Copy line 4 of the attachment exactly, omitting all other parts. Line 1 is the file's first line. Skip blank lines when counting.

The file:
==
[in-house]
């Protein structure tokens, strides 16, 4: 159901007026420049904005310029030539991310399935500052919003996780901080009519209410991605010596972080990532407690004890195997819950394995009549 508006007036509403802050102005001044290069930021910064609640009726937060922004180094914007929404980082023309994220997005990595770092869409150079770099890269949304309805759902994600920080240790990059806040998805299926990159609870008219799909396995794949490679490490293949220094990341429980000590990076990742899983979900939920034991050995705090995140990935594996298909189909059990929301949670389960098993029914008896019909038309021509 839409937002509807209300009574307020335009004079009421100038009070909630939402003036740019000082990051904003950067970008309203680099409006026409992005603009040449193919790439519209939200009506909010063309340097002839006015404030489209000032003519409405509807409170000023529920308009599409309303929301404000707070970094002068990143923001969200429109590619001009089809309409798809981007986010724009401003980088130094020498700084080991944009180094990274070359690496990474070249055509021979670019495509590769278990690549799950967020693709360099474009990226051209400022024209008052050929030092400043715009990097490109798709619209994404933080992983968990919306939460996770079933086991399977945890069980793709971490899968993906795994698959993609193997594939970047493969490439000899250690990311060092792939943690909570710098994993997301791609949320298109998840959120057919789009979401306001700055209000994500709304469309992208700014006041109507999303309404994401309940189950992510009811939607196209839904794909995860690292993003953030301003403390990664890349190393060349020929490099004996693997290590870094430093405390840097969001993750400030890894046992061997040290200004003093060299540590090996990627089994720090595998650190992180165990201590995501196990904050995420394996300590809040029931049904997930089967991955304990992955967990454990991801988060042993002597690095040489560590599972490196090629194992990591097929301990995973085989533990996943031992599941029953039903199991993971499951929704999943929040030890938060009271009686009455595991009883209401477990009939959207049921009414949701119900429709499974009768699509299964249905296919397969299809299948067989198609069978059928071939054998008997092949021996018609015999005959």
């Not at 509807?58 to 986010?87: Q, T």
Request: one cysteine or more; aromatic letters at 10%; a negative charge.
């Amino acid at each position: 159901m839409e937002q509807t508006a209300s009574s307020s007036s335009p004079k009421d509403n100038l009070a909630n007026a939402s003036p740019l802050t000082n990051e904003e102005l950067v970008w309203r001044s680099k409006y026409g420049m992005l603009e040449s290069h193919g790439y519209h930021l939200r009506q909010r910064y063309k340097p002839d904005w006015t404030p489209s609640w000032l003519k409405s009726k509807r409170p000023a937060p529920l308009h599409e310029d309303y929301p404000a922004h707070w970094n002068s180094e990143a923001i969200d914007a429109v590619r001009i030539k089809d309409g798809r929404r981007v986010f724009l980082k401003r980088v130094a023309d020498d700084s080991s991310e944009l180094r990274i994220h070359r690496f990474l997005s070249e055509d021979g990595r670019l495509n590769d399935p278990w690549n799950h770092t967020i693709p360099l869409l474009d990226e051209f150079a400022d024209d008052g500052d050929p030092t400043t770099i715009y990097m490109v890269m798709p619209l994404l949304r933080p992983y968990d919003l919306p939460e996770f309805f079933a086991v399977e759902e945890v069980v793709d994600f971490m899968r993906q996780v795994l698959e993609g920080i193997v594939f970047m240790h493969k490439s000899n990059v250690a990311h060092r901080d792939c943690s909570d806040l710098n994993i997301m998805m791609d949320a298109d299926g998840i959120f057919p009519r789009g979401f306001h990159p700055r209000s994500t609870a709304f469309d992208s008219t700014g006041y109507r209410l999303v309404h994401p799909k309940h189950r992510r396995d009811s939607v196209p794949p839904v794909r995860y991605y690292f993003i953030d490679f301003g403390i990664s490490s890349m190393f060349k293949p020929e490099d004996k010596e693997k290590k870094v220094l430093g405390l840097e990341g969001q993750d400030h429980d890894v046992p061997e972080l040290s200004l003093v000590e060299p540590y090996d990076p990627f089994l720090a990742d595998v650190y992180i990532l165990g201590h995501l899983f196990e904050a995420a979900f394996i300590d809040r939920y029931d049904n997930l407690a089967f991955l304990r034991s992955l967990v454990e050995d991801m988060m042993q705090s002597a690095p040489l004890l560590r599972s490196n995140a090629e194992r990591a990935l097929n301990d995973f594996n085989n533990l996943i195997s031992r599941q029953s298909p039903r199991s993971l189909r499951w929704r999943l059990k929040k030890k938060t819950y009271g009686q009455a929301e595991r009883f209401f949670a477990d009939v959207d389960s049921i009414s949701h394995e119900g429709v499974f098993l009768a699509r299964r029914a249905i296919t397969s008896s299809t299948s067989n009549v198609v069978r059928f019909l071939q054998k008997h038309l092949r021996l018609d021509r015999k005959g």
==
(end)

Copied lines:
Request: one cysteine or more; aromatic letters at 10%; a negative charge.